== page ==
I am a nursing instructor but first and foremost I am a Registered Nurse. I belong to the College of Registered Nurses of British Columbia and therefore must abide by the Canadian Nurses Association’s Code of Ethics.
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My dual role of nurse and instructor creates an array of ethical dilemmas. When one role conflicts with the other I find myself often mystified. One example is when I am teaching in the hospital and observe poor nursing practice I ask myself must I report each and every minute breach of best practice or only the actions that could blatantly harm a patient? This line is fine and difficult to define clearly. The next quandary in this situation is what the proper process is for reporting it? If I were an RN working on a unit I would fill out an Incident Report but as a visiting Nursing Instructor do I just report it to the Unit Manager or Nurse Leader first? There isn’t a clear defined answer to this dilemma.
Teaching aside, nursing ethics unto themselves are extremely complex. Ethical issues range from whether a nurse who morally disagrees with physician assisted suicide is obligated to participate in the assisted suicide procedure or can a nurse care for her family member or whether a nurse is always a nurse even in the nurse’s personal time. The latter asks the question about if I do something unethical or morally wrong in my personal life is this reportable to my Registering board (CRNBC)? The answer is yes. This article looks at two scenarios: a nurse who makes racist remarks on social media or a nurse who is stealing from his neighbour.
Both are reportable to the College. We are always portraying the image of nurses and acting immorally in our free time is still wrong and punishable.
When these ethical dilemmas are encountered I help my students navigate these as best I can. Moral residue is something I come up against on a somewhat frequent basis as a nursing instructor. It is a common cause of burn out in health care workers, especially nurses and doctors. Rushton states that “breaches of ethical values and principles affect a person’s whole being in varying degrees of intensity and consequence” (p. 3). A common phenomenon that has a compounding effect over time is when the health care system does not allow for the nurse to carry out their deeply held professional values of providing holistic and client centered care. These values make up the strong moral foundation of the nursing profession. Sometimes my students encounter health care workers that also breach these upheld values and morals. I think too that this moral residue tends to hit hard for me because I am threading these values into everything that the students are learning. All that they learn is derived from this foundation; to be caring, compassionate, client centered and empowering. For me, this further solidifies the importance of these core values for nursing and that it is my duty to ensure they are being carried out. When a breach in these values occurs I am left feeling raw each and every time. The moral residue builds up over time.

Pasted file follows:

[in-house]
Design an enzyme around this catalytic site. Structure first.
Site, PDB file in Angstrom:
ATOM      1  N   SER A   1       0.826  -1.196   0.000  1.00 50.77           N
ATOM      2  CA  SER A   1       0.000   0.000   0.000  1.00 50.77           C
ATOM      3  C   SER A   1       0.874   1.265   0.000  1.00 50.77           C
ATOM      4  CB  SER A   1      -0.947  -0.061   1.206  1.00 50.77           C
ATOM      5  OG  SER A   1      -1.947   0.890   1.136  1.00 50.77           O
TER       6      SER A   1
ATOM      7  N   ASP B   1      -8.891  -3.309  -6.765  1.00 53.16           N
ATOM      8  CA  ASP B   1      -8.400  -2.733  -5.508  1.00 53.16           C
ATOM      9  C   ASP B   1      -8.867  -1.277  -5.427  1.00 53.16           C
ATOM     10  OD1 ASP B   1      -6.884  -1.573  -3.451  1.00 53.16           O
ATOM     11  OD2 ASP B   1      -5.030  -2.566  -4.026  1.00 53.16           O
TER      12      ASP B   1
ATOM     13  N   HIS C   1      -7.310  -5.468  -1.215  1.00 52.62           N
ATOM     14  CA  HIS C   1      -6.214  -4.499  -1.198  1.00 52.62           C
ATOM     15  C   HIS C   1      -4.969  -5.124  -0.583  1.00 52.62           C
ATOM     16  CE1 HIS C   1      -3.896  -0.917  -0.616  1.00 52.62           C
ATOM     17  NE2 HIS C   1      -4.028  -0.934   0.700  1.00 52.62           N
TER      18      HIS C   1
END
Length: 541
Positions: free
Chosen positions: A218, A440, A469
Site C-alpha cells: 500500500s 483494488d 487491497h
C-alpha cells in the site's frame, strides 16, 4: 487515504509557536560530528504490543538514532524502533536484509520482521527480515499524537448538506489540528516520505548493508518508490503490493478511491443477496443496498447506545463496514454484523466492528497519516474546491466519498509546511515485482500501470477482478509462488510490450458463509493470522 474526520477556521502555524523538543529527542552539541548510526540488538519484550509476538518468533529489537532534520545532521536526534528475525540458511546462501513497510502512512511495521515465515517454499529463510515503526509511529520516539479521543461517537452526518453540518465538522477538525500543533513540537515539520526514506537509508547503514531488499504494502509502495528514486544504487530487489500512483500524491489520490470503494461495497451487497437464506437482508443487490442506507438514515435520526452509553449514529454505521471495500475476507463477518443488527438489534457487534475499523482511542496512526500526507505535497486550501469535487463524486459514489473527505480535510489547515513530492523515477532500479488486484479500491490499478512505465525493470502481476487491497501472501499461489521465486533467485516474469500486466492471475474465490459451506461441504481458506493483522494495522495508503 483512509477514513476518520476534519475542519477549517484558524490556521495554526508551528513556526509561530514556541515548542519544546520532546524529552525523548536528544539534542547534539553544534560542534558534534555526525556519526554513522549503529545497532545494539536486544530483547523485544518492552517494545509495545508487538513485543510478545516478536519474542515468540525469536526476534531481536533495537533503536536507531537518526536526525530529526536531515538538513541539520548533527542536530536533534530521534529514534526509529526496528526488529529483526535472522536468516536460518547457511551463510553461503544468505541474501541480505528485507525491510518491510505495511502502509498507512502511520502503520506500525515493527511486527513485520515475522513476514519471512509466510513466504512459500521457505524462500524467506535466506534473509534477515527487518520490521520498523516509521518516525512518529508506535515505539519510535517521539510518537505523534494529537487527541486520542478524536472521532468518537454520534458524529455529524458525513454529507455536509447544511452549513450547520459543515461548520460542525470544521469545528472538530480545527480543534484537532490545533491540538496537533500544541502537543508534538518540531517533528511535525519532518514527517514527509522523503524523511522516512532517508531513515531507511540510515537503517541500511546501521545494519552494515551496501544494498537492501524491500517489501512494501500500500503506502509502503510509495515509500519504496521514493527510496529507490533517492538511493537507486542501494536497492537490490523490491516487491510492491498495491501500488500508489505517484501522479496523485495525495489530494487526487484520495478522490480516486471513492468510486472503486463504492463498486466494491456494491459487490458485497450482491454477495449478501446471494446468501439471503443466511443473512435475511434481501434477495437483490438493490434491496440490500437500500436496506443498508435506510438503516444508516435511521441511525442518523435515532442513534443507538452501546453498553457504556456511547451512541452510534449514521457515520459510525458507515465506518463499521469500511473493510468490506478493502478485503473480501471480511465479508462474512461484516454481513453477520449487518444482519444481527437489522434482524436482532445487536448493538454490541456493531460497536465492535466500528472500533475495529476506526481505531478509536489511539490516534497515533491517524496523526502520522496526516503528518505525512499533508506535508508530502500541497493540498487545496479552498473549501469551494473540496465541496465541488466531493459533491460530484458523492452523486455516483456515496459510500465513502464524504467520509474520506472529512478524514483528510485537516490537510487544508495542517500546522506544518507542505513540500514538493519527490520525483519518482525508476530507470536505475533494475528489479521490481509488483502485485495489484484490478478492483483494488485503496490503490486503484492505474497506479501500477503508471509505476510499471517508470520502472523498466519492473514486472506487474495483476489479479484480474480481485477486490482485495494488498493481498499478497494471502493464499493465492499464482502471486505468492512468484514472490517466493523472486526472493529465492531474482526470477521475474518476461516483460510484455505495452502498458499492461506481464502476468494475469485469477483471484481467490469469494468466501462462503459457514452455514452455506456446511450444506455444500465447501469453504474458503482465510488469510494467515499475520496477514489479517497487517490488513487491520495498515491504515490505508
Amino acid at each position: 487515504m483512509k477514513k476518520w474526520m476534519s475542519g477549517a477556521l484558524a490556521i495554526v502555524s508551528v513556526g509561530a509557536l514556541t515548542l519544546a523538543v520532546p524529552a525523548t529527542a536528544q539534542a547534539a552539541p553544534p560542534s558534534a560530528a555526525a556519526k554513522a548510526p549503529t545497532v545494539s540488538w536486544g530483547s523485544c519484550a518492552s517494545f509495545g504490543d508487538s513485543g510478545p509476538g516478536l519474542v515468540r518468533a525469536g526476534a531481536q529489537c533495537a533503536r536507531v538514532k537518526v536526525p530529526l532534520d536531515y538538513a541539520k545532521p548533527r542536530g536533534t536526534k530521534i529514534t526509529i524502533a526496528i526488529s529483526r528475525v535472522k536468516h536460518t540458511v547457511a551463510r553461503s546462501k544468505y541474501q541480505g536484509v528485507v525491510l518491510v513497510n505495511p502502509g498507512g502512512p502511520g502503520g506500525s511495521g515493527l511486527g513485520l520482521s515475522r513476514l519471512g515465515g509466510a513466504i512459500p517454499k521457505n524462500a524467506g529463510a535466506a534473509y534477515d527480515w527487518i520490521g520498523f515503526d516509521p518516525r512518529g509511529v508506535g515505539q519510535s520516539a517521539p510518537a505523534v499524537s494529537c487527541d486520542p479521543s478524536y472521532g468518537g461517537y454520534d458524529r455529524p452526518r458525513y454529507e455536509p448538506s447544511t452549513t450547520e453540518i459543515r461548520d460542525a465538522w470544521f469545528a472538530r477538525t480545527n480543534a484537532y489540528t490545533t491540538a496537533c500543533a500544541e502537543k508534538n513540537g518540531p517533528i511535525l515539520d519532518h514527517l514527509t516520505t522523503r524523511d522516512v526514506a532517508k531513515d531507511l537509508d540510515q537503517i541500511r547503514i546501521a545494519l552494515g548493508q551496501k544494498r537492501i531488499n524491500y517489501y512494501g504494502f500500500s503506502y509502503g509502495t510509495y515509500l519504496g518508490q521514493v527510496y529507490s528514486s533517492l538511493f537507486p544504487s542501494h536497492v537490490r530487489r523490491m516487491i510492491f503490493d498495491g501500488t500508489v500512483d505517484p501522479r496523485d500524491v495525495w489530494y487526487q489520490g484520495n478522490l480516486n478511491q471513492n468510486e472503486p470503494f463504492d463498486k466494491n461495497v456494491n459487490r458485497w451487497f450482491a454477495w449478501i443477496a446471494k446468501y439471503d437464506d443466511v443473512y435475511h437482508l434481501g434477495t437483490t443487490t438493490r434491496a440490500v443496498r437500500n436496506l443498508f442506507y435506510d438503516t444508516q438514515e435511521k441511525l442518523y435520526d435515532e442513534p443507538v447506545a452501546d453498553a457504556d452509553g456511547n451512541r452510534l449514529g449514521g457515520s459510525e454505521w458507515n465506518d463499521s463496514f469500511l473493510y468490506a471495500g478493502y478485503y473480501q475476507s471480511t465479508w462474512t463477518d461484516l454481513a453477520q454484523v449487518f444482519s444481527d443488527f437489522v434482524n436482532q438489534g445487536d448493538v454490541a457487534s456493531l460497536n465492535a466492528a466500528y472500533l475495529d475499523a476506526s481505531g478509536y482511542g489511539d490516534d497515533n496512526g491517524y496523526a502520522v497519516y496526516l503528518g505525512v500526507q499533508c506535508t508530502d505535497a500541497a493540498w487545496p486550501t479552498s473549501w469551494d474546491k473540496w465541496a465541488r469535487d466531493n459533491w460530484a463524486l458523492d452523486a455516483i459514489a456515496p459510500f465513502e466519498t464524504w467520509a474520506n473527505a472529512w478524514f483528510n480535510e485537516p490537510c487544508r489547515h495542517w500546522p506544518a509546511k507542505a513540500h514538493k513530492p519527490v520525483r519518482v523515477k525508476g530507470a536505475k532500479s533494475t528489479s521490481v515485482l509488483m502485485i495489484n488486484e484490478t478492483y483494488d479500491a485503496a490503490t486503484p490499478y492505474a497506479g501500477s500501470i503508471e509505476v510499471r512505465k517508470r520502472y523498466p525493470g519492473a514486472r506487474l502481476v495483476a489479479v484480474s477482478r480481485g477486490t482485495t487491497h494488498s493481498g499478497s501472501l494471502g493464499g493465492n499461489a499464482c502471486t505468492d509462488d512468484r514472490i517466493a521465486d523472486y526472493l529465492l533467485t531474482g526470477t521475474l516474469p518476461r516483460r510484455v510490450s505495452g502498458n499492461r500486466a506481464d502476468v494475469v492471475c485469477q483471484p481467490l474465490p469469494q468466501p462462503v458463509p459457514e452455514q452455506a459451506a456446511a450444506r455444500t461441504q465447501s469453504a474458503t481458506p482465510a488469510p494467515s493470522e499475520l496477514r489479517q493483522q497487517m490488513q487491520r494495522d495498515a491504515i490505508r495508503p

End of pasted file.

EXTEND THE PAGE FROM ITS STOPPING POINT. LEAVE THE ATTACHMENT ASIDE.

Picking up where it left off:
I navigate these situations with my students using the CNA’s Code of Ethics and CRNBC’s standards of practice. These documents provide a general guideline to help define a problem but not a clear cut path to making that difficult decision on how to proceed. There is a 12 page Standard of Conduct document at the College I work at that was devised to help identify and resolve ethical conduct and conflicts of interest. This document is helpful for my role when working at the College, however it does not address the ethical dilemmas that the crossover of roles (nurse vs. instructor) and settings (working in a health care institution) create.
This reflection has helped shed some light on how our school department should have a specific and formal Ethical Framework and Code of Conduct that could help nursing instructors navigate these murky waters. A colleague of mine devised the following document called Professional Practice Issues 2017. I have started implementing this process to help my students navigate through these difficult situations. Another colleague I know is currently working on this gray area as a special project. I am keen to learn what she has compiled and am inspired to help her with her project.
Canadian Nurses Association. (2008). Code of ethics for registered nurses. Retrieved at https://www.cna-aiic.ca/~/media/cna/page-content/pdf-fr/code-of-ethics-for-registered-nurses.pdf?la=en
Canadian Registered Nurses of British Columbia. (2017). Retrieved at https://www.crnbc.ca/Pages/Default.aspx
Rushton, C. (2013). Ethics in critical care: Principled moral outrage: An antidote to moral distress. AACN Advanced Critical Care, 24(1), 82-89.